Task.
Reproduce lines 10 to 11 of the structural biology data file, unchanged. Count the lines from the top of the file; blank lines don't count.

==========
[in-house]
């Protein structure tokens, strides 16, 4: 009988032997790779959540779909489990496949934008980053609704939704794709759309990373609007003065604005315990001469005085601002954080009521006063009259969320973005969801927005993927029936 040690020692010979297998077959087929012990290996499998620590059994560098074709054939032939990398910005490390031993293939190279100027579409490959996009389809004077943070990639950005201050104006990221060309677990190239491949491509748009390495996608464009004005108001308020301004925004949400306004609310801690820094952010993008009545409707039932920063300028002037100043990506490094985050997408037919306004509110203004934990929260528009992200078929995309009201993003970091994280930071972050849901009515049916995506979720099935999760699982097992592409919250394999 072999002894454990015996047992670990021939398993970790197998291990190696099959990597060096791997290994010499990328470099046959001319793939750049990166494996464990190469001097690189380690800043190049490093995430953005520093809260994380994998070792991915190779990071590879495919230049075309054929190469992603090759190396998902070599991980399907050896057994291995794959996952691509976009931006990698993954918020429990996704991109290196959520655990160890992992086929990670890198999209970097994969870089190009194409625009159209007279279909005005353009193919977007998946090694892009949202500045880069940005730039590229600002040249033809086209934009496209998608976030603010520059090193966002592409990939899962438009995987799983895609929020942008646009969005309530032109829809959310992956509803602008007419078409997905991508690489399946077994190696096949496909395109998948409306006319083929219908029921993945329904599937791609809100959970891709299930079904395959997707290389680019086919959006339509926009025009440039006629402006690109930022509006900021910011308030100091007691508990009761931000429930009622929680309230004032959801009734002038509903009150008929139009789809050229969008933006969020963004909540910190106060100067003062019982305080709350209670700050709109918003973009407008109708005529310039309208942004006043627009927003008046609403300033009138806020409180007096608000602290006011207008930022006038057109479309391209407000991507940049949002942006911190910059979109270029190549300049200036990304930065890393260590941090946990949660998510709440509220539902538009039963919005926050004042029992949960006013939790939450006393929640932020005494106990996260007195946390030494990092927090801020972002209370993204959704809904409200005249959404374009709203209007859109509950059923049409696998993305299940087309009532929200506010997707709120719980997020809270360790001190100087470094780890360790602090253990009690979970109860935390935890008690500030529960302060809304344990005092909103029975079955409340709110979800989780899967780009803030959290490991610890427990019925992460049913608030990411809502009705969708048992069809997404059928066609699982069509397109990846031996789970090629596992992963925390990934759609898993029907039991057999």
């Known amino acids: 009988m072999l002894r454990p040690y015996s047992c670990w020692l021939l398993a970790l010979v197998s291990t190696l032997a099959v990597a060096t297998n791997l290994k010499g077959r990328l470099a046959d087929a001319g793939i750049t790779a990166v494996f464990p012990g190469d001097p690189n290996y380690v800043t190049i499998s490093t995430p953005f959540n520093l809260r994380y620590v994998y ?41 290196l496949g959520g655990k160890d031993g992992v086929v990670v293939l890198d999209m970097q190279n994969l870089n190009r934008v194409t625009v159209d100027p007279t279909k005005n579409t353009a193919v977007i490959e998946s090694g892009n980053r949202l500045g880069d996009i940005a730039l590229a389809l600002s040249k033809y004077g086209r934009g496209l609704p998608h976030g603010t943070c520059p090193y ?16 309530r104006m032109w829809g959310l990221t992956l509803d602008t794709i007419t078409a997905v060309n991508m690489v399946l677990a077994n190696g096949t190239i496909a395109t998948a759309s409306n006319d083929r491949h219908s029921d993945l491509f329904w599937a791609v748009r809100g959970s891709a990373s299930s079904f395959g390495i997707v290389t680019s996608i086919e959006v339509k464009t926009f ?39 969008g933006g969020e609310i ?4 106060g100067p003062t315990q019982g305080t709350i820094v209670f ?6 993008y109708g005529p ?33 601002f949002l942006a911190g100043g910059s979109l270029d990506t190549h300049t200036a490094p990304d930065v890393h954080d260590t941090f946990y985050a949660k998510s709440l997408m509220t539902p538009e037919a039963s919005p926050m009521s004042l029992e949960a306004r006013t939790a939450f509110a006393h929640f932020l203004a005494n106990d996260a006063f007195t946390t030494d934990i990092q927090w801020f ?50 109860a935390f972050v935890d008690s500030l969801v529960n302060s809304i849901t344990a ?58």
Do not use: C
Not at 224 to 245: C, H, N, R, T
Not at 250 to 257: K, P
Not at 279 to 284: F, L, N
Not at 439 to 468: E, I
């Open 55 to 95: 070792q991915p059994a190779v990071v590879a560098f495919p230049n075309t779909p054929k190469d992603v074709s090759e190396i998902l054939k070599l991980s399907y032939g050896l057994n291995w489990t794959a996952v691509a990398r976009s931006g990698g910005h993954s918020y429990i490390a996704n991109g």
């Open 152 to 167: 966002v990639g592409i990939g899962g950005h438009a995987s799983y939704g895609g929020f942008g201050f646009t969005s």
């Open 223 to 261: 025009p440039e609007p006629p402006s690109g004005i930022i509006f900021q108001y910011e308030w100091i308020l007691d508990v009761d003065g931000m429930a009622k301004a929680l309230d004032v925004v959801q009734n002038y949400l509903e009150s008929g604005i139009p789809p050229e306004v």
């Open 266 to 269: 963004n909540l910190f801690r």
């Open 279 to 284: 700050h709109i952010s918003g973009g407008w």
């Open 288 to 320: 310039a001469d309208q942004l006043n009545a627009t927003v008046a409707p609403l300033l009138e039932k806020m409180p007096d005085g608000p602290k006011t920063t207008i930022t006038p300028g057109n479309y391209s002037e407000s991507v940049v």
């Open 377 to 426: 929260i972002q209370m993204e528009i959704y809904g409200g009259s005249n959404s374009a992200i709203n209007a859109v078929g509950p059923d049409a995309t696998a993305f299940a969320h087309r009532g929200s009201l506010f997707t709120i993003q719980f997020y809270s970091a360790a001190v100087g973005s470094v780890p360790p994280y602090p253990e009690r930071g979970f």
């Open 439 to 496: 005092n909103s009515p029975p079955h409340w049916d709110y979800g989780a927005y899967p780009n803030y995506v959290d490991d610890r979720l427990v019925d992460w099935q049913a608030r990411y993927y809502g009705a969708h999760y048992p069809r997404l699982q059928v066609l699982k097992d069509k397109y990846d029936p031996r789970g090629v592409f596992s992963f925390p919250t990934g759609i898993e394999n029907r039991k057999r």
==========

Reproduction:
């Open 152 to 167: 966002v990639g592409i990939g899962g950005h438009a995987s799983y939704g895609g929020f942008g201050f646009t969005s």
């Open 223 to 261: 025009p440039e609007p006629p402006s690109g004005i930022i509006f900021q108001y910011e308030w100091i308020l007691d508990v009761d003065g931000m429930a009622k301004a929680l309230d004032v925004v959801q009734n002038y949400l509903e009150s008929g604005i139009p789809p050229e306004v």